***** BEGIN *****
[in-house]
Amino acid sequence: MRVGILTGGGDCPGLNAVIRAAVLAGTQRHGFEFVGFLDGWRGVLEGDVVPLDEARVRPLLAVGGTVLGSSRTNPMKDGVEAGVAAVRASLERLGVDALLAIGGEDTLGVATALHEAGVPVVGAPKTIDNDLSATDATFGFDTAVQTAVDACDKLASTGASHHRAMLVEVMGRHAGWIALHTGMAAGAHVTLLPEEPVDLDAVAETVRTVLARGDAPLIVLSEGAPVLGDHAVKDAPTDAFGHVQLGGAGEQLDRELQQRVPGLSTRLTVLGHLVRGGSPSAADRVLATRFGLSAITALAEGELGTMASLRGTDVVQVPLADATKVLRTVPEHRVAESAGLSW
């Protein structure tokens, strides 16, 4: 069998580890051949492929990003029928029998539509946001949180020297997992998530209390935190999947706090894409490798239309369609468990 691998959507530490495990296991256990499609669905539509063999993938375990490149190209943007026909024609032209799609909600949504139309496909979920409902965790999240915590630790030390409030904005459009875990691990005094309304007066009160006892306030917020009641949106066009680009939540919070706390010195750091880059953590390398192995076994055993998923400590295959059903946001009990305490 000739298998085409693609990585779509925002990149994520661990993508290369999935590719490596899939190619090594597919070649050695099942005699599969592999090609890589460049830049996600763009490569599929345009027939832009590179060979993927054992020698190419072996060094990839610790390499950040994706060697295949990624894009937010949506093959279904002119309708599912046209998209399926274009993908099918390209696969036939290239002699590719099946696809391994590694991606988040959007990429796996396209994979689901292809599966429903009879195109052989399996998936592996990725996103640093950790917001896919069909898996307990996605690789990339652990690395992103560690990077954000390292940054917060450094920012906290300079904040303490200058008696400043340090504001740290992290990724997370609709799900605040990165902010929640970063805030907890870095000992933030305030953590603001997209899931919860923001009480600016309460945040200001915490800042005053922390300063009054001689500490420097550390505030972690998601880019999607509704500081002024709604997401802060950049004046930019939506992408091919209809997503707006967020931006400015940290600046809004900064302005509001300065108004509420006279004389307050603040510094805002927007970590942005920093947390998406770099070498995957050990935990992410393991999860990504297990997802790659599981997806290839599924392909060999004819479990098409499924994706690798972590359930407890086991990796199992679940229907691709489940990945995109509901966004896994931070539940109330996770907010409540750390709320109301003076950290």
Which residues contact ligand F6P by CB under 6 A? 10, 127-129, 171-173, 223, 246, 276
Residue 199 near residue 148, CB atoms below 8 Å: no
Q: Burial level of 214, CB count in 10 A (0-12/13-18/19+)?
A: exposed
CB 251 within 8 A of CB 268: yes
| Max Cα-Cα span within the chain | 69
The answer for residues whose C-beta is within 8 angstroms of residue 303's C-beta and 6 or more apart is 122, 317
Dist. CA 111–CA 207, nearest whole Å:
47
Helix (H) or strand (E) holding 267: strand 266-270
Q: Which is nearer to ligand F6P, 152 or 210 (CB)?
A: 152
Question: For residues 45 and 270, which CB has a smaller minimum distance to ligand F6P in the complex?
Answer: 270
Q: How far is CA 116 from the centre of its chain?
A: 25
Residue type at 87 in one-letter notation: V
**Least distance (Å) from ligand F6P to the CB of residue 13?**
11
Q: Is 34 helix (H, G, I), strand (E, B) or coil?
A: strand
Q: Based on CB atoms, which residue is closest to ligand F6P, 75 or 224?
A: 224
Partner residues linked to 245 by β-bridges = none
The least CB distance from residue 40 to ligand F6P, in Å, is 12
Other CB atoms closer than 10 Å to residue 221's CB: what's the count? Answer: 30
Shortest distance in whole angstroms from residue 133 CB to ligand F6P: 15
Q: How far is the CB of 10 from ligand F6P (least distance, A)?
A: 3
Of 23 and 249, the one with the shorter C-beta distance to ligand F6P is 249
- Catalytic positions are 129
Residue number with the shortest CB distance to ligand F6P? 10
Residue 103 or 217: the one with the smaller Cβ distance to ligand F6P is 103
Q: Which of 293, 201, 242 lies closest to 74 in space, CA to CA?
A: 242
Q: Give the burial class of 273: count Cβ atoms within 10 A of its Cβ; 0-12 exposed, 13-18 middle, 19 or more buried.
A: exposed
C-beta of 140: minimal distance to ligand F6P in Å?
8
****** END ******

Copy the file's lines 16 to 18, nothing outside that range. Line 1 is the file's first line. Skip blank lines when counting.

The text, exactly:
Question: For residues 45 and 270, which CB has a smaller minimum distance to ligand F6P in the complex?
Answer: 270
Q: How far is CA 116 from the centre of its chain?